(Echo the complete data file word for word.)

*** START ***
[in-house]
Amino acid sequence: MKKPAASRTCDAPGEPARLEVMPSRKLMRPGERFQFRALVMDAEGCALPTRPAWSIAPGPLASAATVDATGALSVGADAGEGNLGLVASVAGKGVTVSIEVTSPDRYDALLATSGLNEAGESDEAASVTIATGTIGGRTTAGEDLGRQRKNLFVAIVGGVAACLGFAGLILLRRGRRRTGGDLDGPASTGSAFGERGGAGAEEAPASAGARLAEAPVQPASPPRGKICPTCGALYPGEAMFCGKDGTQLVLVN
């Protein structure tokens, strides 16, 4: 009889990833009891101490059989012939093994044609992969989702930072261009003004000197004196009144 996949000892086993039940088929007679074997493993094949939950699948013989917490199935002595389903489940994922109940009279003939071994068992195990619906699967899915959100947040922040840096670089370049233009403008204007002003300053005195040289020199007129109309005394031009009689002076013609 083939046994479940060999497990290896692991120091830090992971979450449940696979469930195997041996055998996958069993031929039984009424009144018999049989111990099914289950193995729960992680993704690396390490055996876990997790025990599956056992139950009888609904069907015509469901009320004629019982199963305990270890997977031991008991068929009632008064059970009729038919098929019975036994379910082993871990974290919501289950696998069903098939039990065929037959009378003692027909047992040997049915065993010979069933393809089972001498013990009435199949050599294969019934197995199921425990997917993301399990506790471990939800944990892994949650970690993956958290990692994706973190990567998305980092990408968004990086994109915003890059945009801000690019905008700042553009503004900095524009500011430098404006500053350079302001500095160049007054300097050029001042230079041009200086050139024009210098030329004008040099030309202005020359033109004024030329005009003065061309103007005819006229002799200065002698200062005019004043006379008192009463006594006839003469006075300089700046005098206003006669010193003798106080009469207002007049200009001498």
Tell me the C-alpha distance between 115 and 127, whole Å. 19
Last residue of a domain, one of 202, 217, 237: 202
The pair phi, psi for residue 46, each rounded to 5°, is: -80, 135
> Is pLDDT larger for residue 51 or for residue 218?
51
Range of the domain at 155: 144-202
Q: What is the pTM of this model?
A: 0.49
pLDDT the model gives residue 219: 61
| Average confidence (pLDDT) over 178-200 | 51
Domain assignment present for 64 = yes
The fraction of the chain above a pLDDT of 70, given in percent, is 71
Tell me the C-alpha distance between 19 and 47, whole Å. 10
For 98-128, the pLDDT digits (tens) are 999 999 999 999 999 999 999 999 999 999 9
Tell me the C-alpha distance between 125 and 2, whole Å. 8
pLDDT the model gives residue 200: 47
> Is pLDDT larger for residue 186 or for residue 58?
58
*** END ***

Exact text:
[in-house]
Amino acid sequence: MKKPAASRTCDAPGEPARLEVMPSRKLMRPGERFQFRALVMDAEGCALPTRPAWSIAPGPLASAATVDATGALSVGADAGEGNLGLVASVAGKGVTVSIEVTSPDRYDALLATSGLNEAGESDEAASVTIATGTIGGRTTAGEDLGRQRKNLFVAIVGGVAACLGFAGLILLRRGRRRTGGDLDGPASTGSAFGERGGAGAEEAPASAGARLAEAPVQPASPPRGKICPTCGALYPGEAMFCGKDGTQLVLVN
């Protein structure tokens, strides 16, 4: 009889990833009891101490059989012939093994044609992969989702930072261009003004000197004196009144 996949000892086993039940088929007679074997493993094949939950699948013989917490199935002595389903489940994922109940009279003939071994068992195990619906699967899915959100947040922040840096670089370049233009403008204007002003300053005195040289020199007129109309005394031009009689002076013609 083939046994479940060999497990290896692991120091830090992971979450449940696979469930195997041996055998996958069993031929039984009424009144018999049989111990099914289950193995729960992680993704690396390490055996876990997790025990599956056992139950009888609904069907015509469901009320004629019982199963305990270890997977031991008991068929009632008064059970009729038919098929019975036994379910082993871990974290919501289950696998069903098939039990065929037959009378003692027909047992040997049915065993010979069933393809089972001498013990009435199949050599294969019934197995199921425990997917993301399990506790471990939800944990892994949650970690993956958290990692994706973190990567998305980092990408968004990086994109915003890059945009801000690019905008700042553009503004900095524009500011430098404006500053350079302001500095160049007054300097050029001042230079041009200086050139024009210098030329004008040099030309202005020359033109004024030329005009003065061309103007005819006229002799200065002698200062005019004043006379008192009463006594006839003469006075300089700046005098206003006669010193003798106080009469207002007049200009001498």
Tell me the C-alpha distance between 115 and 127, whole Å. 19
Last residue of a domain, one of 202, 217, 237: 202
The pair phi, psi for residue 46, each rounded to 5°, is: -80, 135
> Is pLDDT larger for residue 51 or for residue 218?
51
Range of the domain at 155: 144-202
Q: What is the pTM of this model?
A: 0.49
pLDDT the model gives residue 219: 61
| Average confidence (pLDDT) over 178-200 | 51
Domain assignment present for 64 = yes
The fraction of the chain above a pLDDT of 70, given in percent, is 71
Tell me the C-alpha distance between 19 and 47, whole Å. 10
For 98-128, the pLDDT digits (tens) are 999 999 999 999 999 999 999 999 999 999 9
Tell me the C-alpha distance between 125 and 2, whole Å. 8
pLDDT the model gives residue 200: 47
> Is pLDDT larger for residue 186 or for residue 58?
58